Therefore enabling this protection might help prevent some WiFi jammers. More expensive jamming devices will still (unfortunately) work, but ones that rely on disassociation attacks will no longer succeed in blocking your Ring doorbell footage from being sent to Ring’s servers.

Option #3: Use Ring Local Storage (Ring Edge)

SD card adapters
SD card adapters

As hinted at earlier, Ring does now sort of offer local storage – i.e. the ability to store recordings on a local SD card, instead of on the Ring Cloud. This is possible for Ring Alarm Pro owners, who also pay the $20/month Ring Protect Pro subscription fee.

You can then enable local storage (which they call Ring Edge) for selected devices within your Ring app. This means that if your internet goes down (or was jammed), you might still have recordings.

I say ‘might’ because you need to think of your network setup. If all your Ring doorbells/cameras still connect to your Ring Alarm Pro box via Wi-Fi, a jamming attack will still stop the recordings from being made.

That’s why I’m not really a fan of using Ring Edge as a ‘defence’ against jamming attacks: it gives a sense of false security, in my opinion.

Option #4: Monitor Your Network With Fingbox or Monitor-IO

Fingbox is an awesome home network monitoring tool that can enhance your network’s security in general, along with monitoring devices which drop off the network. Whilst it can’t block WiFi jamming, it can recognize these attempts and warn you accordingly.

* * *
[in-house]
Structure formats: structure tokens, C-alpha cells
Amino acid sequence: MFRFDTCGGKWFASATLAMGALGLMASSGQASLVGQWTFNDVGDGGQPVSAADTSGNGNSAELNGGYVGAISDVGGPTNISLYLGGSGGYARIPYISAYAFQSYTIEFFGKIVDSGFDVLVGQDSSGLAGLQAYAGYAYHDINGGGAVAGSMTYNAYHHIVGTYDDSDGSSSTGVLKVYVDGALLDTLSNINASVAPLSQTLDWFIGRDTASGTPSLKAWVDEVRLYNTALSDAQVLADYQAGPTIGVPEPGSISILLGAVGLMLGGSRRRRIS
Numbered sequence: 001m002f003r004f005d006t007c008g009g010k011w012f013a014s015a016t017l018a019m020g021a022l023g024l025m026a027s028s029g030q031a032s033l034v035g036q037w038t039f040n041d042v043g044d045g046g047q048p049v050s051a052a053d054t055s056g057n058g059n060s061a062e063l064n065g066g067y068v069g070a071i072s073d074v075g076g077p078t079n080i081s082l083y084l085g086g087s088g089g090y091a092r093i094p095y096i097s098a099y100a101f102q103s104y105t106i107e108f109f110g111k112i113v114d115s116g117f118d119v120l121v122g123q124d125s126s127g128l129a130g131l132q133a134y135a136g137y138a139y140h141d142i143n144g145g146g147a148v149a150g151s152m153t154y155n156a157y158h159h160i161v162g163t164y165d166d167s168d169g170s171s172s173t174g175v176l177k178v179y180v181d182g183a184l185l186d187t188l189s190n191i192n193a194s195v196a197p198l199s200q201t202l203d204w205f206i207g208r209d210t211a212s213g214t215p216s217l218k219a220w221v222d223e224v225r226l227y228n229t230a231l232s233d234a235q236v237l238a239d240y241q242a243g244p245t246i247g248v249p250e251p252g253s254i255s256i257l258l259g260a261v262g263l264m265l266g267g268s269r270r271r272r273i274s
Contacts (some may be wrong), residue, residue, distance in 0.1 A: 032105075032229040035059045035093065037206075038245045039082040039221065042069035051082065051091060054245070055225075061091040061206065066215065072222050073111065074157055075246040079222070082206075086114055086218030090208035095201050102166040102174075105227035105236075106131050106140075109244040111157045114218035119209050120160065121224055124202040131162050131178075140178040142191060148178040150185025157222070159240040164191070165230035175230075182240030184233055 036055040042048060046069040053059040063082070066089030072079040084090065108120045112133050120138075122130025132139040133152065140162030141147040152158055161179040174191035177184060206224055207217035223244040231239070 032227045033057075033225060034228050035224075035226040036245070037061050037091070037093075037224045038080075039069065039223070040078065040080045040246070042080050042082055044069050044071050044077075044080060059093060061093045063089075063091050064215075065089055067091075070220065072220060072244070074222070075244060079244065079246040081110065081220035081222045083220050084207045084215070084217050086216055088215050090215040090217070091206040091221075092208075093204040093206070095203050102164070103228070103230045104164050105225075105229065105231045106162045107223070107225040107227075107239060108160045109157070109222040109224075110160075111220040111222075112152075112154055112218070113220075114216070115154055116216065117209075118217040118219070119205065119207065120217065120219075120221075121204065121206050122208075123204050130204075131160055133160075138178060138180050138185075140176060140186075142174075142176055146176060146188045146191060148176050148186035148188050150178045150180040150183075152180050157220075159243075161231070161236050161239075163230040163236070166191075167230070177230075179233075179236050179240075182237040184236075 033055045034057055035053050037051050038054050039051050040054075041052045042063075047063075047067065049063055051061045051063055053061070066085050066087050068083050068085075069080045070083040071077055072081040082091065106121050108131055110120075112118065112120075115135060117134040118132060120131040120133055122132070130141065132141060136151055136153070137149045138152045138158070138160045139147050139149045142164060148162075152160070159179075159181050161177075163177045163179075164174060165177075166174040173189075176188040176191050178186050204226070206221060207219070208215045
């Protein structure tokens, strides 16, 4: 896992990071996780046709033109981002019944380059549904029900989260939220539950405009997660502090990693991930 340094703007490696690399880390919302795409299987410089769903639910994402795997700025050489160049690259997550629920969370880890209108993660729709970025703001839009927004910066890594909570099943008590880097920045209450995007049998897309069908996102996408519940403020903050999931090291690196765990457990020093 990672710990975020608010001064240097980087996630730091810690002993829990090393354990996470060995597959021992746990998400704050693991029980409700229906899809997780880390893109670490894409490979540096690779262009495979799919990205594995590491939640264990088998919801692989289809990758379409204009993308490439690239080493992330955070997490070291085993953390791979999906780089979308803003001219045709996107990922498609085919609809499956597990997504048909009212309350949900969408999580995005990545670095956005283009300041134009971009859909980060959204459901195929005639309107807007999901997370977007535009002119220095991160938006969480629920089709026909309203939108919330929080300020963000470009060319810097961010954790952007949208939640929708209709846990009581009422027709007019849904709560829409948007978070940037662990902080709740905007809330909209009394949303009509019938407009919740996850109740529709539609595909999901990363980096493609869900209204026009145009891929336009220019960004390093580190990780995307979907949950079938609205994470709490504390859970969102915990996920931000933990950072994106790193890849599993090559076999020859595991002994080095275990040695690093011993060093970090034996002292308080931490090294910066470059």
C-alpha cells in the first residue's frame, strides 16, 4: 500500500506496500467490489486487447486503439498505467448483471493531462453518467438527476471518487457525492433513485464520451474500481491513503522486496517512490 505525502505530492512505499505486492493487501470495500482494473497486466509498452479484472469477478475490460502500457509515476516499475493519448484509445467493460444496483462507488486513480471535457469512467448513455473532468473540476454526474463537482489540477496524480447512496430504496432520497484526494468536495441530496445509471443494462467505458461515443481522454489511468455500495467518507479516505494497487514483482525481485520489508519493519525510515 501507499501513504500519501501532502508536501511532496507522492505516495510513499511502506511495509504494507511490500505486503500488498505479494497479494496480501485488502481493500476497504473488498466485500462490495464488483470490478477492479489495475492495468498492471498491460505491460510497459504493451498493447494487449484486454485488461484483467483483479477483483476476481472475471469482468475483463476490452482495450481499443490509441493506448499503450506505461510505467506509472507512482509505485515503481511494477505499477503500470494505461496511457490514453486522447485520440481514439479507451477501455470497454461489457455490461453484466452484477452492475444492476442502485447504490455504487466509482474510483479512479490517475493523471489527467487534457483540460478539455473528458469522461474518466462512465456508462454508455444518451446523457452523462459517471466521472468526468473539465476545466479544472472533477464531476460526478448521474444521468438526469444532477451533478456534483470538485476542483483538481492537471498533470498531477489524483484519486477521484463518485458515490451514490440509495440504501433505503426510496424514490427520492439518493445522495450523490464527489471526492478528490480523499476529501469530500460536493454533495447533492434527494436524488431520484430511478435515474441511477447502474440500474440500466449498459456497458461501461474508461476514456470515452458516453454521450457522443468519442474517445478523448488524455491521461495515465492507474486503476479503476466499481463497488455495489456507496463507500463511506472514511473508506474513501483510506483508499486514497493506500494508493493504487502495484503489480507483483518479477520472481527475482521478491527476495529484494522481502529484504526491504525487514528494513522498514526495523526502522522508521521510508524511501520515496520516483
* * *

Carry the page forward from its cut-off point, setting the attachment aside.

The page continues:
Monitor-IO is another alternative, which offers similar detection and notification features across your Wi-Fi network.

These tools can therefore be a useful tool in your home security arsenal, because if you see that your Ring doorbell has been jammed, you can potentially look outside for any suspicious people or vehicles that might be the culprit.

WiFi jamming is highly illegal and can be reported to the FCC, so a Fingbox or Monitor-IO report of jamming – along with other security footage of any potential culprits – can be key in the fight to protect your home’s security.

Plus ‘knowledge is power’: if your home devices are jammed (or potentially jammed) fairly frequently, knowing this can be crucial and spur you into switching over to more Ethernet-powered security systems.

Otherwise you might just see that your Ring doorbell got disconnected overnight and not think anything more of it – something which won’t protect you if/when your house is targeted by a well-prepared burglar.

About Tristan Perry

Tristan Perry is a software developer who is passionate about tech gadgets, DIY and housing. He has therefore loved seeing smart homes hit the mainstream. Tristan also has an academic background (in Math & Computer Science), and so he enjoys digging into the technical ways that smart home devices work.